Changes in brain excitability and reorganization will correlate with positive changes in motor function.

Study design

The study will use a randomized, sham-controlled, pretest-posttest-follow up design involving two groups of 10 children with hemiparesis and unilateral infarct or periventricular leukomalacia as confirmed by MRI (total sample size = 20). (Fig. 1). This protocol is registered on (# NCT02250092)

Fig. 1
figure 1

Flowchart of tDCS/CIMT study adapted from the Consolidated Standards of Reporting Trials (CONSORT). AHA: Assisting Hand Assessment, CIMT: Constraint-Induced Movement Therapy, COPM: Canadian Occupational Performance Measure, DTI: Diffusion Tensor Imaging, MRI: Magnetic Resonance Imaging, rs-fMRI: resting-state functional Magnetic Resonance Imaging, tDCS: transcranial Direct Current Stimulation, TMS: Transcranial Magnetic Stimulation


We will use our established database of over 200 families to begin recruitment of children with hemiparesis, plus talks at local pediatric facilities, mailings, posting on related websites and newsletters. Incorporation of CIMT provides a motor training component to the study, and families are more willing to participate with the promise of receiving what would be an otherwise expensive intervention now covered by the study.

Participants- inclusion and exclusion criteria

Children and young adults, ages 8–21, with hemiparesis due to perinatal stroke or periventricular leukomalacia will be recruited for the study based on the following eligibility criteria:

Inclusion criteria

Subjects will be eligible to participate in the study if the following conditions exist:

  1. 1.

    Hemispheric Stroke or Periventricular Leukomalacia confirmed by most recent MRI or CT radiologic report with resultant congenital hemiparesis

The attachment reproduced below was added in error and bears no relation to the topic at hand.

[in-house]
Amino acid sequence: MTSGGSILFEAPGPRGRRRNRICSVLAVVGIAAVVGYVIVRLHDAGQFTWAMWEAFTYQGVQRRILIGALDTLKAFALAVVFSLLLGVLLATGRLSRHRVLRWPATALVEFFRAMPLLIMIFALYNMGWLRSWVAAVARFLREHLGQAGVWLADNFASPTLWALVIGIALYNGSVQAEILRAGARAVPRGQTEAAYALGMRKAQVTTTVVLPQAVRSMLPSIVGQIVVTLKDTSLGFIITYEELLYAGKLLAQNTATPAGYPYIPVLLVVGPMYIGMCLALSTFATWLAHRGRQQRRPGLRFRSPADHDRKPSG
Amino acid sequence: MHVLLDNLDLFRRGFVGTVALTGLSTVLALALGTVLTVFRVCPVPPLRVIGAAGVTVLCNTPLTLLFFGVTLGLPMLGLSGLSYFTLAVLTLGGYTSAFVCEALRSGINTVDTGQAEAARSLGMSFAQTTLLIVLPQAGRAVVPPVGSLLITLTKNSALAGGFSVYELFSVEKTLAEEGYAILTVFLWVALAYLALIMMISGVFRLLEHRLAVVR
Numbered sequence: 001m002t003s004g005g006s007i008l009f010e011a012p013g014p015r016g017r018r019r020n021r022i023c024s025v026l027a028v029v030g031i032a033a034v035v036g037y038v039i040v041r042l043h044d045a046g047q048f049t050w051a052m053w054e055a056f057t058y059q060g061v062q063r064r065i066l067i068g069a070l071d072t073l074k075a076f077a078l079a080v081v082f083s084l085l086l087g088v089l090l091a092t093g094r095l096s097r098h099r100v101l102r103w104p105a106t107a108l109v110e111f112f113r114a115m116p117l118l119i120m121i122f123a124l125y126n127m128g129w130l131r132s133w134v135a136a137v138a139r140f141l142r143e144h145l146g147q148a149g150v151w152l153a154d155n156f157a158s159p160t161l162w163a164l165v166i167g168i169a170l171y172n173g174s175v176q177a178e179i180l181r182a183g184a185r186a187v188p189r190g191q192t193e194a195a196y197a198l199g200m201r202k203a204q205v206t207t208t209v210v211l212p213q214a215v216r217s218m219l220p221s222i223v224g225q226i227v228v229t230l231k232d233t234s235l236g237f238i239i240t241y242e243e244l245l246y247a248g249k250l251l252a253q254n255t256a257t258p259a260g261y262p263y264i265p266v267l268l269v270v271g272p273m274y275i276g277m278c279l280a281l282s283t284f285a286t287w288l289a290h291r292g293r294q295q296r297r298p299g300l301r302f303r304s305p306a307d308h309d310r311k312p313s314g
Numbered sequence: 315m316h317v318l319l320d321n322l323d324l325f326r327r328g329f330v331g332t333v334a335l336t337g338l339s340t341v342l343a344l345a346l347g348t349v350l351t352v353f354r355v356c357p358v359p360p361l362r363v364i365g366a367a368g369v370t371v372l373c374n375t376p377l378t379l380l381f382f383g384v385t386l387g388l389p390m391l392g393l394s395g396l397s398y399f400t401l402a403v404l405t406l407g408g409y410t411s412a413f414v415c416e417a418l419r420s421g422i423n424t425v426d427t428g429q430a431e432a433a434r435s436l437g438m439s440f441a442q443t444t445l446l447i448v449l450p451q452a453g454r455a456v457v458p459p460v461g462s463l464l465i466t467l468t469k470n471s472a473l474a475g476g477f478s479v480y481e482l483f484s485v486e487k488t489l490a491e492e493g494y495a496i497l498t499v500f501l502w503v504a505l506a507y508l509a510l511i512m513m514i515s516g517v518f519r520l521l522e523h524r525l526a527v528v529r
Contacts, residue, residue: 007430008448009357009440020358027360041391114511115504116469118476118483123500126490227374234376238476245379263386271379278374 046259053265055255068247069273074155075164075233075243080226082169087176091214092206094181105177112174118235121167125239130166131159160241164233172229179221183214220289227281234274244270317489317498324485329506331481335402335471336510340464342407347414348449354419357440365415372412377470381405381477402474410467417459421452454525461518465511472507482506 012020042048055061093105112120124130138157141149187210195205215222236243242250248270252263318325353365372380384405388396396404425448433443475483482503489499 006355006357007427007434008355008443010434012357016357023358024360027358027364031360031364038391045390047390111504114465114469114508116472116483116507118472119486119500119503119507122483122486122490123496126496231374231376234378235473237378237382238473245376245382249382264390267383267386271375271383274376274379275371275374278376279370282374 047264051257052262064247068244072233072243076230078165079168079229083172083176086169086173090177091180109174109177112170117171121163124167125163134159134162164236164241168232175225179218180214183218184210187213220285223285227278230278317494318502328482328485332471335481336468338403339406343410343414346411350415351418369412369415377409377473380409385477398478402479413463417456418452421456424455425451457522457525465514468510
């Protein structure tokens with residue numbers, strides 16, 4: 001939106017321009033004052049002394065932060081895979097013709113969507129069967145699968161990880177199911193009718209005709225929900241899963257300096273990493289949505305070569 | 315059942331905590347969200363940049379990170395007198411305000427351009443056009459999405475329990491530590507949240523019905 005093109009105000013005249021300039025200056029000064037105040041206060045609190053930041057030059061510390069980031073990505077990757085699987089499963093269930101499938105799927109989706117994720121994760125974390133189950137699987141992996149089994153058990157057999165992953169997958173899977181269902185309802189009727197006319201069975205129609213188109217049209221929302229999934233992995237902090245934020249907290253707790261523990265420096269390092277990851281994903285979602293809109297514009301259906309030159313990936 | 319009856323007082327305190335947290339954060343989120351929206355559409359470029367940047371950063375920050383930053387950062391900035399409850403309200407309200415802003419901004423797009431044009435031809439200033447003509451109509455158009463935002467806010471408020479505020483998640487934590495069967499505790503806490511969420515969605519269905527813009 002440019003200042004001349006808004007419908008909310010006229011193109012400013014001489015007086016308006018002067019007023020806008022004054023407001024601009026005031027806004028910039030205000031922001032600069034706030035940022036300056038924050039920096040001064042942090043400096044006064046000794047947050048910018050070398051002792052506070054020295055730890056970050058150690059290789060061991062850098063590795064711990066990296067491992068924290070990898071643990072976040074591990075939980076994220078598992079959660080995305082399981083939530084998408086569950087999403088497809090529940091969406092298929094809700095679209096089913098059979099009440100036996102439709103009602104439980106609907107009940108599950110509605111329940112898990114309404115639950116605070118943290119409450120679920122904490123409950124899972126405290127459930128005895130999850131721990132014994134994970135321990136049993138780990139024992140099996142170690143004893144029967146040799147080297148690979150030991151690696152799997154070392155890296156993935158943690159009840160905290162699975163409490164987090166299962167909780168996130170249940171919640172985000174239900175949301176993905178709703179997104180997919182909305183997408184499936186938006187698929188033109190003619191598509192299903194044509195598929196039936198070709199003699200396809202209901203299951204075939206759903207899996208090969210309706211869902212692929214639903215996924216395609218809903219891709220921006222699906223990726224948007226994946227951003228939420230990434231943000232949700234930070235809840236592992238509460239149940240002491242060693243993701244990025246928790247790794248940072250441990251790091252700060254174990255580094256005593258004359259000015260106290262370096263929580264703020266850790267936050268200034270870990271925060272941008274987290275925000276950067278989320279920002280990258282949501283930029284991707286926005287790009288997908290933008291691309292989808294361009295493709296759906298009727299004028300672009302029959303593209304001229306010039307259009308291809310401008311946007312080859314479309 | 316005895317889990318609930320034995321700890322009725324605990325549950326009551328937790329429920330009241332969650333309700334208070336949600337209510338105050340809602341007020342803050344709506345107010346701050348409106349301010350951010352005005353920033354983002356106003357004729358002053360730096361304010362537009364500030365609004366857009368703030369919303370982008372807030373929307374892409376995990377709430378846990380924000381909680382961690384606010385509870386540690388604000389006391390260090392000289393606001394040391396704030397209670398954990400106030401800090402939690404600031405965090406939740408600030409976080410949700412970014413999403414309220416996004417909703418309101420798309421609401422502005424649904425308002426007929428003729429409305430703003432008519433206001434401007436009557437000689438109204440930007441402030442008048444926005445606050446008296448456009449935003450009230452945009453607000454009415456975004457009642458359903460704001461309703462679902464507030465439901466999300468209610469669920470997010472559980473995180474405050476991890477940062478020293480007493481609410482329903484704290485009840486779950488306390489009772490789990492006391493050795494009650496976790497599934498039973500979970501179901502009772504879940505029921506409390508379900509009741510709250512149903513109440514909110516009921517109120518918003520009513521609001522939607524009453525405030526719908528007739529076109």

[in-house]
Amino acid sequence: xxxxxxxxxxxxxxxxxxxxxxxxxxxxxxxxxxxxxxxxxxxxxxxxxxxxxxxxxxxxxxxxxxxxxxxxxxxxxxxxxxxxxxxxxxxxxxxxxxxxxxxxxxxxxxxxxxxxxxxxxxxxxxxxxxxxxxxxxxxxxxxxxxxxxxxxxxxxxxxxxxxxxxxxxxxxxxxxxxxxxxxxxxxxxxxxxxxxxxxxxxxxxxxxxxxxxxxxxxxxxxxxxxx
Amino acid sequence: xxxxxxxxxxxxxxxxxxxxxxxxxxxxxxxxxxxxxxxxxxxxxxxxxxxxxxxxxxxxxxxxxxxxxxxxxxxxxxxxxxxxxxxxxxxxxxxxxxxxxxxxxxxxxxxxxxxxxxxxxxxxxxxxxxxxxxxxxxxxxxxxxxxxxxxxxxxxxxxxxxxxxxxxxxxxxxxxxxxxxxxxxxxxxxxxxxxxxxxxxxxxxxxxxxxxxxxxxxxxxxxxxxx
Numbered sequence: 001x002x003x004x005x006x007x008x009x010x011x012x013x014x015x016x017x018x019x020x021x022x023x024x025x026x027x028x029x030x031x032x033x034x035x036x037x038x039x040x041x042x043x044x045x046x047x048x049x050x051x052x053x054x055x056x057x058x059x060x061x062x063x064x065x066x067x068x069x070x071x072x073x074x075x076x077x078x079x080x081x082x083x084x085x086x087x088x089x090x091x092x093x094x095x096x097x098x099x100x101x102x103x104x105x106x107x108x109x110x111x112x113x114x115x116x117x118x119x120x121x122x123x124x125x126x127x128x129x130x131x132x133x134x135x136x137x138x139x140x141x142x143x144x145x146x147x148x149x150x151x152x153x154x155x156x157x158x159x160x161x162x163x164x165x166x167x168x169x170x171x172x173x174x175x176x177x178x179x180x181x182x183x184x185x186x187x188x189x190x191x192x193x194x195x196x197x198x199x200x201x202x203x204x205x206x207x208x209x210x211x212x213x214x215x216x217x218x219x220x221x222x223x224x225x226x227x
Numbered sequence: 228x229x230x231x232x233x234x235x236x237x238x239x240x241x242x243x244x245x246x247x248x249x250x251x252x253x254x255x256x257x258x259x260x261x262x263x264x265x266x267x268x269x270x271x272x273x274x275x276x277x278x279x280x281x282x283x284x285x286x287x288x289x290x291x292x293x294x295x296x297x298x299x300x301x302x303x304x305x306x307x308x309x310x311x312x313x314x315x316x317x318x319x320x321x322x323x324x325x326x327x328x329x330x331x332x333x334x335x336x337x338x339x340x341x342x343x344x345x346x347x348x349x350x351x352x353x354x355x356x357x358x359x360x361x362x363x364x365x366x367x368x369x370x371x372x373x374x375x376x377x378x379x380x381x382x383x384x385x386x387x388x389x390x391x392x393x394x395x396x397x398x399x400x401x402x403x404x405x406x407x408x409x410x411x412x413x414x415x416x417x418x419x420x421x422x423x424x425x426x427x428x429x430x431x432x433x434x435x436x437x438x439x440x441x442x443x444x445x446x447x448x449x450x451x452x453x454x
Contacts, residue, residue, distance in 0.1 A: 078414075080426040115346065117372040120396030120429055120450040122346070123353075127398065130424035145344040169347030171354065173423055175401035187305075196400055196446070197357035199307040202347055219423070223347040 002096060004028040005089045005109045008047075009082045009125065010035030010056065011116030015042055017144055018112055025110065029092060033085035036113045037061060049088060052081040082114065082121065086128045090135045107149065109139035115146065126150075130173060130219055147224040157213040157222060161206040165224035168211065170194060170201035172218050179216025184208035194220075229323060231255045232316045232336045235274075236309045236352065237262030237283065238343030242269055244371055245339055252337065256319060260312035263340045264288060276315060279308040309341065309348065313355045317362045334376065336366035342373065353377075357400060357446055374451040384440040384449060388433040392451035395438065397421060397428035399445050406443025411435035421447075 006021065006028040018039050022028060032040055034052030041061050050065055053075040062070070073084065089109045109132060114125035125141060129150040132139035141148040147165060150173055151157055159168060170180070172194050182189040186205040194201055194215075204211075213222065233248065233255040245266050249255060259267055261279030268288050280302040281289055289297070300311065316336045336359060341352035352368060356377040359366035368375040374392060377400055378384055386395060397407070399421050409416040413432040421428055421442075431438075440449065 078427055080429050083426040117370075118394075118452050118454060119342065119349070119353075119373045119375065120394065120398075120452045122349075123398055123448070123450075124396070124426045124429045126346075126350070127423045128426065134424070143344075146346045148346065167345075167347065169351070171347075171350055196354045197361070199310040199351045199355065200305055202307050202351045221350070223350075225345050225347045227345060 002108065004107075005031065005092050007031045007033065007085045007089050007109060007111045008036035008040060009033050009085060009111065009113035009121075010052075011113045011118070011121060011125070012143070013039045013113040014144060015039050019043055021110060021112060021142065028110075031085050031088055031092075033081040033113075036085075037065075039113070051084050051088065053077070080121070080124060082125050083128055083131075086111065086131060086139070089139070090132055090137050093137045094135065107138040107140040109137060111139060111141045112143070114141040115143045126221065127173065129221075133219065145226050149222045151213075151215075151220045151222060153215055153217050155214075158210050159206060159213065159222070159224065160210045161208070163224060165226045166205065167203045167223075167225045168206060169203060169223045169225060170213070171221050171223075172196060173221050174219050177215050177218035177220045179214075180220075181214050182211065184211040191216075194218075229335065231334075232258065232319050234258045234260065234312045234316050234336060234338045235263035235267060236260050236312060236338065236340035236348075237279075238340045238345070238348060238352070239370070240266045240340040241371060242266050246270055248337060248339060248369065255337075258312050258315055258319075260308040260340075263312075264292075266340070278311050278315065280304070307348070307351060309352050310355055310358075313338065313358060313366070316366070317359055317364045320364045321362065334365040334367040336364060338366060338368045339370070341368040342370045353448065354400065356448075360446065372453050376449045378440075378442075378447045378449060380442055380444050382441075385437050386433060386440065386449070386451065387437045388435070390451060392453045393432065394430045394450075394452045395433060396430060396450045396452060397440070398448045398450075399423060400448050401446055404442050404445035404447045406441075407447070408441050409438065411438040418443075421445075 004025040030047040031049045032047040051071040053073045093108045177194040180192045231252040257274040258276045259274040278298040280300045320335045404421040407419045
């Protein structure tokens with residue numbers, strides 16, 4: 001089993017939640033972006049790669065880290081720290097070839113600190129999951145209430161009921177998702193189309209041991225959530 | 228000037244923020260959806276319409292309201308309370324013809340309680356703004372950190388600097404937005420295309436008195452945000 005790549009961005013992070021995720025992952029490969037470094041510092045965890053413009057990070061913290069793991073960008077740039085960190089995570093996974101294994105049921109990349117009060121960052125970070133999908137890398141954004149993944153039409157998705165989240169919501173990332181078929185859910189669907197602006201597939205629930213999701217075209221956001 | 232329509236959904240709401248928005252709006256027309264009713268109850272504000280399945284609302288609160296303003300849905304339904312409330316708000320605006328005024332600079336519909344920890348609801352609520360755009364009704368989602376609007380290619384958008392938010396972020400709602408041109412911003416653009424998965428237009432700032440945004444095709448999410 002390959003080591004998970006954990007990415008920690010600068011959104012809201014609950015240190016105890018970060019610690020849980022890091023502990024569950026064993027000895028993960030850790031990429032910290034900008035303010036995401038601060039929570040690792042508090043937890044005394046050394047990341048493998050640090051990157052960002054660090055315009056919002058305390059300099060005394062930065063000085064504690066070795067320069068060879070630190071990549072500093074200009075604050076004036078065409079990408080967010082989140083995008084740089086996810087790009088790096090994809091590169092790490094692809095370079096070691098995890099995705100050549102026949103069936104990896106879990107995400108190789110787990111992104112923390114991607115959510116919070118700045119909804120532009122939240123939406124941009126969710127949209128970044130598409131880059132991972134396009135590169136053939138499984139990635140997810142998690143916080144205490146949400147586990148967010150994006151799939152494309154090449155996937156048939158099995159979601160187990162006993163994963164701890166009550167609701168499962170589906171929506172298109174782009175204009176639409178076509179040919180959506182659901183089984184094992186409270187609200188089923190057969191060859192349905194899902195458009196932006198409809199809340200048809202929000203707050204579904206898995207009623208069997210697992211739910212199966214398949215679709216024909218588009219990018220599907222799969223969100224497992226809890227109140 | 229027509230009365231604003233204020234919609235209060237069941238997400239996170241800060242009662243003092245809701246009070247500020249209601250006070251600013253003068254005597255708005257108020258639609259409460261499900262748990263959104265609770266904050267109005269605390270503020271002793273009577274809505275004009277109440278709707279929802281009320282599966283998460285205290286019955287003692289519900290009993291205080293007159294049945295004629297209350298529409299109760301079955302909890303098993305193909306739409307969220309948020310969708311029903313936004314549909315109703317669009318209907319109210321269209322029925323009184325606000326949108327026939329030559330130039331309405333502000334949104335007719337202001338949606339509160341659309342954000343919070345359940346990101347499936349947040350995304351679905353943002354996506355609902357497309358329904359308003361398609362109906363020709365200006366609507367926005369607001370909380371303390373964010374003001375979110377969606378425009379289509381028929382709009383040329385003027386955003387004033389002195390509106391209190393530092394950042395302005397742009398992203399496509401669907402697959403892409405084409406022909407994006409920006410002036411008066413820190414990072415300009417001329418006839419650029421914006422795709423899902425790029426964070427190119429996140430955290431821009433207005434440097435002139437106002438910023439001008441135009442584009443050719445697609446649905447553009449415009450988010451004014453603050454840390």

2. 2.

    ≥ 10 degrees of active motion at the metacarpophalangeal joint

  3. 3.

    No evidence of seizure activity within the last 2 years

  4. 4.

    Presence of a motor evoked potential from at least the contralesional hemisphere if not both hemispheres

  5. 5.

    Ages 8–21 years

  6. 6.

    If ages 8–17, able to give informed assent along with the informed consent of the legal guardian

  7. 7.

    Children who have had surgeries, which may influence motor function e.g.- tendon transfer, will be included, yet surgical history will be documented

Exclusion criteria

Subjects will be excluded from participation in the study if any of the following conditions exist:

  1. 1.

    Metabolic Disorders

  2. 2.


  3. 3.


  4. 4.

    Disorders of Cellular Migration and Proliferation

  5. 5.

    Acquired Traumatic Brain Injury

  6. 6.


  7. 7.

    Indwelling metal or incompatible medical devices

  8. 8.

    Evidence of skin disease or skin abnormalities

  9. 9.

    Botulinum toxin or Phenol block within the last six-months

Prior and concomitant therapy

Behavioral therapies including occupational, physical or speech therapies will be allowed both during both the intervention and follow-up period. These therapies will be documented and reported.

Exit criteria

Subjects will exit the study if any of the following conditions exist:

  1. 1.

    Subject voluntarily withdraws from the study.

  2. 2.

    Subject acquires any of the listed exclusion criteria.

  3. 3.

    Subject completes the protocol.

  4. 4.

    Subject’s well-being, in the opinion of the Investigator, would be compromised by study continuation.

  5. 5.

    Subject experiences a serious adverse event or seizure.

  6. 6.

    Medical monitor and/or IRB recommendation


Each child will be randomized to either the real (intervention) or sham (control) tDCS arm of the study. The randomization will be done by means of sealed envelopes constructed by the study biostatistician using a random number generator. The study coordinator will assign envelopes, in numerical order, to the subjects upon their randomization.


The investigator who performs the testing, the CIMT interventionists and the physician who does the evaluations will be blinded to the treatment arm as will the child/caregiver/family. The study biostatistician, study coordinator and principal investigator (PI) will be unblinded. The following procedure will be employed:

  1. 1.

    The study biostatistician will provide sealed envelopes to the study coordinator.

  2. 2.